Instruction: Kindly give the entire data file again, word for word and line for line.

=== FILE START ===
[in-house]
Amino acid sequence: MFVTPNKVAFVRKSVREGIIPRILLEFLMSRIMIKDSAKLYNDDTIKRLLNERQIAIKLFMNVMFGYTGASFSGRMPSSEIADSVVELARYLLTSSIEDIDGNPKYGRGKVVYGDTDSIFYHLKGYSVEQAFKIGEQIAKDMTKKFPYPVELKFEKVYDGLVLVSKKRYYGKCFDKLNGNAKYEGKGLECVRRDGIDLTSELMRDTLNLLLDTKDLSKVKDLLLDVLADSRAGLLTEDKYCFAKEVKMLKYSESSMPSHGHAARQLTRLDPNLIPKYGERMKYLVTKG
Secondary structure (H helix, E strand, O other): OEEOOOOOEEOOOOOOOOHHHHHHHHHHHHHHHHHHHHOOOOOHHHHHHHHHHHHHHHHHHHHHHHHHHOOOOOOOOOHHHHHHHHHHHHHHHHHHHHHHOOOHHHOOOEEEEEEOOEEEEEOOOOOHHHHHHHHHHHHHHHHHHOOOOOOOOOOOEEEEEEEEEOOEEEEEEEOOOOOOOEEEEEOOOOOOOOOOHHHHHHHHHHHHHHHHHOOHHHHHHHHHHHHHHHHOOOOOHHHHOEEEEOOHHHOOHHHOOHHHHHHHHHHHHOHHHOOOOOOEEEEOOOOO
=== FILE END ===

[in-house]
Amino acid sequence: MFVTPNKVAFVRKSVREGIIPRILLEFLMSRIMIKDSAKLYNDDTIKRLLNERQIAIKLFMNVMFGYTGASFSGRMPSSEIADSVVELARYLLTSSIEDIDGNPKYGRGKVVYGDTDSIFYHLKGYSVEQAFKIGEQIAKDMTKKFPYPVELKFEKVYDGLVLVSKKRYYGKCFDKLNGNAKYEGKGLECVRRDGIDLTSELMRDTLNLLLDTKDLSKVKDLLLDVLADSRAGLLTEDKYCFAKEVKMLKYSESSMPSHGHAARQLTRLDPNLIPKYGERMKYLVTKG
Secondary structure (H helix, E strand, O other): OEEOOOOOEEOOOOOOOOHHHHHHHHHHHHHHHHHHHHOOOOOHHHHHHHHHHHHHHHHHHHHHHHHHHOOOOOOOOOHHHHHHHHHHHHHHHHHHHHHHOOOHHHOOOEEEEEEOOEEEEEOOOOOHHHHHHHHHHHHHHHHHHOOOOOOOOOOOEEEEEEEEEOOEEEEEEEOOOOOOOEEEEEOOOOOOOOOOHHHHHHHHHHHHHHHHHOOHHHHHHHHHHHHHHHHOOOOOHHHHOEEEEOOHHHOOHHHOOHHHHHHHHHHHHOHHHOOOOOOEEEEOOOOO